USA: Alcohol Deaths (in Women) Rise Sharply
Alcohol deaths rise sharply in the United States, specifically among women.
A new study by the National Institute on Alcohol Abuse and Alcoholism, which analysed death certificate data on alcohol related deaths from 1999 to 2017, found:
- Alcohol related deaths increased by 51% from 1999 to 2017 (from nearly 36,000 to nearly 73,000 deaths).
- Among women alcohol-related deaths increased by a staggering 85% from 1999 to 2017 (from 7,662 women to 18,072).
- Neary 1 million Americans died due to alcohol between 1999 and 2017.
The researchers conducting the study actually say that the actual number of deaths is probably much higher than what their study found. This is because alcohol is not always noted in the death certificate if there was a more prominent cause of death, i.e. a fall that broke the hip will not include that alcohol caused the fall.
A previous analysis from the Centers for Disease Control and Prevention, based on 2006 to 2010 data, put deaths due to alcohol use at 88,000 per year. That study relied on more data than death certificates.
Increasing death rates due to alcohol use has been in Movendi International news previously as well. Alcohol-related deaths also play a major role in the decreasing life-expectancy trend (since 2014 to 2017) in the United States.
Another negative trend in which alcohol plays a major part is the rise in “deaths of despair” – a term coined by Dr. Anne Case and Dr. Angus Deaton. These deaths include, overdoses, suicides and liver disease and alcohol plays a role in all these deaths.
Alcohol-related deaths among women
While still more men are dying due to alcohol than women, the sharpest increase from 1999 to 2017 were among women’s death due to alcohol (85%).
Experts have discussed many causative factors for the rising alcohol-related deaths in the United States. Among these are the possible connection to baby boomers who used more alcohol than the current younger generations. As they are ageing, the older generation may be developing more alcohol-related diseases. Another reasoning is the rise in opioid deaths in many of which alcohol has also played a part. However, neither reason exactly points out to why the alcohol-related death rate has increased specifically among women.
One reason is that women are consuming more alcohol currently than ever before says Dr. Aaron White, a senior scientific adviser to the National Institute on Alcohol Abuse and Alcoholism. Even with teenagers who show a decreasing trend in alcohol use the gap between boys’ alcohol use and girls’ alcohol use has been narrowing.
Some women have gotten the message that it’s liberating to [consume alcohol] like a man,” said Dr. White, Senior Scientific Adviser to the National Institute on Alcohol Abuse and Alcoholism, as per, The New York Times.
The increase in women’s consumption of alcohol is a part of the targeted effort by Big Alcohol to increase their consumers and profits.
This has been confirmed through research. For example, one study in Australia specifically found alcohol industry strategies targeting women. Another study showed that alcohol advertising increases alcohol consumption and also found specific targeting of women.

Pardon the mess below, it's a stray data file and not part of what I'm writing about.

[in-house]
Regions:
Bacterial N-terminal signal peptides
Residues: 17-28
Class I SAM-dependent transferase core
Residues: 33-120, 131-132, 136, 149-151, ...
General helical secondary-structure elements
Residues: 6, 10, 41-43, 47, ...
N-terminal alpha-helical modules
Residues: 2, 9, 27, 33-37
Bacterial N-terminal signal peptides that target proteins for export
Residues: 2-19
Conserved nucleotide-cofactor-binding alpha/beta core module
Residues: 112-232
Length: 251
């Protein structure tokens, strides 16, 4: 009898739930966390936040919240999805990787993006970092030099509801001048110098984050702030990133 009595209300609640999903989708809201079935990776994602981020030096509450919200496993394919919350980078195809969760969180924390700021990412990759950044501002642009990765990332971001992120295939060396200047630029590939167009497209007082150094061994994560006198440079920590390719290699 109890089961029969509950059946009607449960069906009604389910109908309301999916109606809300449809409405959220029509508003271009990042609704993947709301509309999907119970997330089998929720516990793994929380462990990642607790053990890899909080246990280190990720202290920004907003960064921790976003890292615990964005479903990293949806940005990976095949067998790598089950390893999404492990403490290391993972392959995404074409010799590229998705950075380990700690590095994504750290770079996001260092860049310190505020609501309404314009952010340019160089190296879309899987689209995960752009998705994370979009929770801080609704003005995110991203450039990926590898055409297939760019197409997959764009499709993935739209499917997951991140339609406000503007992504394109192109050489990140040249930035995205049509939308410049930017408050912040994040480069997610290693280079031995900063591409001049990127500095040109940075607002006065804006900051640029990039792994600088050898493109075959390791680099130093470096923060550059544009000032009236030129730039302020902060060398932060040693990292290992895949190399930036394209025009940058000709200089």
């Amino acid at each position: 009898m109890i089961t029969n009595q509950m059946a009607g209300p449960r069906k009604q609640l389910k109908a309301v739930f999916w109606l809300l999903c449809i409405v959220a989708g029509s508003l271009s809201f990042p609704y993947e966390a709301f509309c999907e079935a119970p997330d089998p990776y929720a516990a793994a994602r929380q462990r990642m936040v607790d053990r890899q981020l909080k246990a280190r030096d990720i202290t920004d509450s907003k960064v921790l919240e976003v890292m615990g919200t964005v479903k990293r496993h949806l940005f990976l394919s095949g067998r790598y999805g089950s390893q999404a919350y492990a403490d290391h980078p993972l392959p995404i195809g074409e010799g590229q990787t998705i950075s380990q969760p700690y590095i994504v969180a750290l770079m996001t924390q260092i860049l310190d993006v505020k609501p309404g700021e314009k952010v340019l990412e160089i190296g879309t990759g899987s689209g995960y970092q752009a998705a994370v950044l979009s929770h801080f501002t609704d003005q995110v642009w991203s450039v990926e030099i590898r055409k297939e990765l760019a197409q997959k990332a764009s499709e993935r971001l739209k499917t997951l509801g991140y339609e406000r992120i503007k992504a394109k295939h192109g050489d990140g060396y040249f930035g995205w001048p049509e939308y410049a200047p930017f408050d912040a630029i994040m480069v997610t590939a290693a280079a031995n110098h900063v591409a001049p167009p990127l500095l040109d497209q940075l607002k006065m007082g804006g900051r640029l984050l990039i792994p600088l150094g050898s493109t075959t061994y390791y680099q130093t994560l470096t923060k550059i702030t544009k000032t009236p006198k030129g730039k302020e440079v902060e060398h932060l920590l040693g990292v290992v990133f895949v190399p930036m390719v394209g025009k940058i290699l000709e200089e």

Big Alcohol aggressively targets women not just through advertising but also normalizing alcohol use among women, using alcohol as a gender equalizer and by seizing the feminist movement.
The unfortunate truth of women consuming more alcohol is that women face proportionately greater harm and some specific diseases such as breast cancer by using alcohol, according to Dr. White’s research. But the alcohol industry is working hard to hide these facts.
Government’s failure to take action on alcohol-related deaths
Despite the rise in alcohol-related deaths among men and women in the United States, the government has not been taking action to reduce the alcohol burden in the country. In fact, certain policy decisions work to increase the alcohol harm, such as the tax breaks for alcohol companies.
Increasing taxes on alcohol is identified by the World Health Organization (WHO) as one of three most effective policy solutions to reduce alcohol consumption and harm.
… a 10% price increase would cut the death rate [from alcohol-caused diseases by] 9 to 25%. For the US in 2010, this represents 2,000 to 6,000 averted deaths/year,” said Dr. David Roodman, a senior adviser and researcher for the Open Philanthropy Project, as per Vox.
Despite this, the U.S. Congress is extending the tax break for beer, wine and distilled spirits, which was initially approved in 2017.
The tax revenue loss is calculated at a total of $1.2 billion.
Raghuram Rajan, an economist at the University of Chicago, argues in his latest book “The Third Pillar” that economists and policymakers, have focused excessively on the respective roles of the market and the state, while ignoring policies’ effects on cities and neighbourhoods. This has lead to cyclic weakening of communities and a decline in socio-economic standards, leading to vulnerability for death and disease. This vicious cycle is evident in alcohol policy in the United States, according to The Economist reporting.
It is the prime duty of a government of a country to protect their citizens. It is evident that alcohol-harm is growing in the United States leading to more deaths. Therefore, the government of the United States needs to act now and utilize effective policy solutions such as recommended by the WHO alcohol policy best buys and the SAFER package to safeguard American citizens.
Alcohol Deaths Have Risen Sharply, Particularly Among Women
by Matt Richtel, in The New York Times, January 10, 2020
The number of US alcohol deaths per year has doubled since 1999
by German Lopez, in Vox, January 13, 2020
Economists grapple with rising American mortality
In The Economist, January 9, 2020